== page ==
Most important, the basic set of 40 music tracks is a diverse lot and each includes its music video equivalent. The choices are a spectrum of classics ranging from the Ramones’ “I Wanna Be Sedated” to Johnny Cash’s “Ring of Fire” to Aly & AJ’s “Potential Break Up Song.”

Turning Lips into a potent party game are options that go well beyond simply singing along in standard, duet and competitive modes. A pair of cooperative games requires on-key and on-rhythm singing from both players.

Even folks not in the mood to perform can use a standard controller’s button arsenal and just add some percussive moments, such as a tambourine or cowbell hits, over the songs.

Finally, more tunes are available for download at Xbox Live Marketplace (160 points, $2 each) to keep the vocalizing fresh. A singer’s personal catalog of MP3s also can be hooked into the system and sung over (sans word prompts).

Unfortunately, performers cannot shoot and upload videos via the Xbox Vision camera. That might be a good thing.

SingStar ABBA (for PlayStation 3, from Sony Computer Entertainment, $39.99) - The Swedish super group from the ‘70s gets another tribute in a song pack for Sony’s karaoke franchise.

Anyone familiar with the theater musical or movie “Mamma Mia!” will appreciate most of the 25 pop songs available, including “Dancing Queen,” “SOS” and “Does Your Mother Know.”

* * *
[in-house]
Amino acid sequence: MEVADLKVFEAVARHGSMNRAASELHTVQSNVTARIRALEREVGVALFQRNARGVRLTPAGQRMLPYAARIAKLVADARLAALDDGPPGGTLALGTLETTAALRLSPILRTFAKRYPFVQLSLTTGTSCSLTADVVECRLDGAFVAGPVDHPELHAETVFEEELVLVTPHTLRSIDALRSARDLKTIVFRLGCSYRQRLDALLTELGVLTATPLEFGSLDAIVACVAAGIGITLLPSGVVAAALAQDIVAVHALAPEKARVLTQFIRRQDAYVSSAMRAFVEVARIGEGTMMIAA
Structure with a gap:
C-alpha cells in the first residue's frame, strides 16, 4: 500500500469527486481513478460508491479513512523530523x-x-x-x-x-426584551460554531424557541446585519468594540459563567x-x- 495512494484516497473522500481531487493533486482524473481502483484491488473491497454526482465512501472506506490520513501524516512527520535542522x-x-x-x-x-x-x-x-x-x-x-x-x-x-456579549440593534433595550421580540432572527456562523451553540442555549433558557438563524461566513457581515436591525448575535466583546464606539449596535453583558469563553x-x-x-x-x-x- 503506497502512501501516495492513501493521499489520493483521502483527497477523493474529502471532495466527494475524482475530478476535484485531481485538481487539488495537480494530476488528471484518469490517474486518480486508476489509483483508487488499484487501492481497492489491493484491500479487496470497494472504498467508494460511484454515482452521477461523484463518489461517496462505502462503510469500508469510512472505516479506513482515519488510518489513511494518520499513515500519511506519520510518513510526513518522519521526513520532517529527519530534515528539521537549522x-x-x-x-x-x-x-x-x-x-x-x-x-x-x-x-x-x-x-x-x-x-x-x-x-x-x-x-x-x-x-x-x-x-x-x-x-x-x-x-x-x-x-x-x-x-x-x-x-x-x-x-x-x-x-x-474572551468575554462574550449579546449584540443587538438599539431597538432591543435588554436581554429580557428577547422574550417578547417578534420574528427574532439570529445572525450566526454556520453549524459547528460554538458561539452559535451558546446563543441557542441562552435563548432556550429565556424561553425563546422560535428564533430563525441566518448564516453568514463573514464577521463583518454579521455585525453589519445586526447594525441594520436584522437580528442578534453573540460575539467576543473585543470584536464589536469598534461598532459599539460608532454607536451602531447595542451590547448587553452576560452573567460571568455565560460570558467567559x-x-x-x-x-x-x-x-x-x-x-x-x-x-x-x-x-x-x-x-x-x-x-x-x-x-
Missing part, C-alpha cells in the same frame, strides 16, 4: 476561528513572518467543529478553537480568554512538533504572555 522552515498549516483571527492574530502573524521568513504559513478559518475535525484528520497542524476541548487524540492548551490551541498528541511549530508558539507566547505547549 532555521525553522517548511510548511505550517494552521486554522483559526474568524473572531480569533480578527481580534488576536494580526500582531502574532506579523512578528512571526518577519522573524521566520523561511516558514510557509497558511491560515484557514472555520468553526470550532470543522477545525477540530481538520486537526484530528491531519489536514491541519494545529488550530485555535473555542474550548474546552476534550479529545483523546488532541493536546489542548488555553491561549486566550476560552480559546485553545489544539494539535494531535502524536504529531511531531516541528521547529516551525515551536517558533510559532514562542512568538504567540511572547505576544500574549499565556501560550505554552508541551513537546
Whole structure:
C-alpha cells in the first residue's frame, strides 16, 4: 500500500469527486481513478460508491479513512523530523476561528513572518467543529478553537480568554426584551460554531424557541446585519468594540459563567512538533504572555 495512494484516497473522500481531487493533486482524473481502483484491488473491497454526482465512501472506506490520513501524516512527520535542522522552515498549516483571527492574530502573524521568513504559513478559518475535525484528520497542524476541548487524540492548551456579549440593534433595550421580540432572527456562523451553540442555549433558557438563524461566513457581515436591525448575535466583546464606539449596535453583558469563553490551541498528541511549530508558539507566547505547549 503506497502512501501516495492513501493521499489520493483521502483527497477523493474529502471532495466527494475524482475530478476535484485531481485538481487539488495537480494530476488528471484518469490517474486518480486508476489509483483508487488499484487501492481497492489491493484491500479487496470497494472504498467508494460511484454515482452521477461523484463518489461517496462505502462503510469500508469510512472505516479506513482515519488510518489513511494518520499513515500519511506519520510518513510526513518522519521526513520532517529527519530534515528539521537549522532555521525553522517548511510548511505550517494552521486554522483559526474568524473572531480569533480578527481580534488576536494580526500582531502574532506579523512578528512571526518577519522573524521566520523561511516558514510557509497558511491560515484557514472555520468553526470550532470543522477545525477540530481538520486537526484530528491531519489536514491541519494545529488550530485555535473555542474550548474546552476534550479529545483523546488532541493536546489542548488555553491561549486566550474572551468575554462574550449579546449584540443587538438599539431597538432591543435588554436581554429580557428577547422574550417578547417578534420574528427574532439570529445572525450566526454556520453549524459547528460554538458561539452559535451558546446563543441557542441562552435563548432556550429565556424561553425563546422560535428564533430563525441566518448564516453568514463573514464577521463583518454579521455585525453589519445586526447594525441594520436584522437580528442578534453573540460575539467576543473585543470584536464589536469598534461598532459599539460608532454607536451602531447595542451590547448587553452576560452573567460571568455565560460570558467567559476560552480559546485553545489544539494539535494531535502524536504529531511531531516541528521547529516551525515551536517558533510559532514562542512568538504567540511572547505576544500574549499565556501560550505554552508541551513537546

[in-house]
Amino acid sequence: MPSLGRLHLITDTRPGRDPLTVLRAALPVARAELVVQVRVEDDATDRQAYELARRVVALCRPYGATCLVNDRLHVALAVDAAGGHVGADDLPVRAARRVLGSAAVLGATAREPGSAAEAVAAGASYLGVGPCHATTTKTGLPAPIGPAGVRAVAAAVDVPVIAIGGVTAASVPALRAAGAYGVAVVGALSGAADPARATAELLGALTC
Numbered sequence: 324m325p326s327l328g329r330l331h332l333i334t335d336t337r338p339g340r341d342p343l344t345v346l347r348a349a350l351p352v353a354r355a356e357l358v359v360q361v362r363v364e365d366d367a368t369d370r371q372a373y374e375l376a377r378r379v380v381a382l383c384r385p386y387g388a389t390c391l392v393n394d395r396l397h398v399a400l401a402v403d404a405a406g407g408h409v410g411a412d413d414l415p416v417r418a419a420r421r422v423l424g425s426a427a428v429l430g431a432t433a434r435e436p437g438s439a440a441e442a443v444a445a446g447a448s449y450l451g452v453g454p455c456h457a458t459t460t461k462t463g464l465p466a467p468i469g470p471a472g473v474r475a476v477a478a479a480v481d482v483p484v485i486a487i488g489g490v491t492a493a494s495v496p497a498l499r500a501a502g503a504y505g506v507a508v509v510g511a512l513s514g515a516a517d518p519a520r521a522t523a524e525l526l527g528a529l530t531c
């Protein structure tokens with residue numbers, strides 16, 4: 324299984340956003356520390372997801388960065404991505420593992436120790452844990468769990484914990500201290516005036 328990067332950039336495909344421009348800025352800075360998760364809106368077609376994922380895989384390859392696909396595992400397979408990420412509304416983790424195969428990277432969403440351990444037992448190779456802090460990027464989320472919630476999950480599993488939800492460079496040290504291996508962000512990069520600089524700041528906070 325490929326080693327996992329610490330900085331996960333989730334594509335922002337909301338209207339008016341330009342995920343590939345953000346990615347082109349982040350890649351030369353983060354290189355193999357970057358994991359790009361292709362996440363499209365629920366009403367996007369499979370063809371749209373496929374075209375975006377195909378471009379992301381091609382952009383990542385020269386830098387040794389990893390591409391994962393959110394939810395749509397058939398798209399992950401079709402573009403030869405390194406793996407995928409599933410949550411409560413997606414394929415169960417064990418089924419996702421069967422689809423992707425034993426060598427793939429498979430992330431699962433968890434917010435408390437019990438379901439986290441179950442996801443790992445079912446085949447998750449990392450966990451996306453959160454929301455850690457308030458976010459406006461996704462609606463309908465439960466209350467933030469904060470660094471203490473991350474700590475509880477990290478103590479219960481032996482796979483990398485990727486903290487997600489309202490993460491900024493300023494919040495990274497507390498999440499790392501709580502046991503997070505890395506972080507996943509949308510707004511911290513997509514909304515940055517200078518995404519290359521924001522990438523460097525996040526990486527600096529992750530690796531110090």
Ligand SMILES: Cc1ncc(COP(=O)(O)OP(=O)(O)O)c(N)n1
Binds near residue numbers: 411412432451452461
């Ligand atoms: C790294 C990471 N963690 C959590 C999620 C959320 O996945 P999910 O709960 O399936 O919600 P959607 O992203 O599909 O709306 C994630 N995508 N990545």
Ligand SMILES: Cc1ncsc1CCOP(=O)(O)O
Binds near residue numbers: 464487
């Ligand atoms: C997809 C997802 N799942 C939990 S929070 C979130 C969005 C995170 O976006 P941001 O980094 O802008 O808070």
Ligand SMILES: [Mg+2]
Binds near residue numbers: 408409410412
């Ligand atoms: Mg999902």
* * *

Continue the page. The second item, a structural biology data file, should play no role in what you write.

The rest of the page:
However, before I truly embrace the ABBA groove, I need a couple questions answered. Is it child abuse if I make my 9-year-old sing with me on “Fernando”? Is it spousal abuse if I force my wife to listen?

Singers can even replay a performance, always a hilarious - and sobering - experience.

Those with an EyeCamera can post snippets of their accomplishments. Let me tell you, watching performances from around the world is well worth the price of admission. Even better, serious ABBA fans sing along to the original videos of the group in action. I call that access to priceless musical history.

Joseph Szadkowski’s ROMper Room is a place for children and their parents to escape the world of ultraviolent video games and use that gaming system or computer to actually learn something while having fun. Send e-mail to jszadkowski@washington times.com.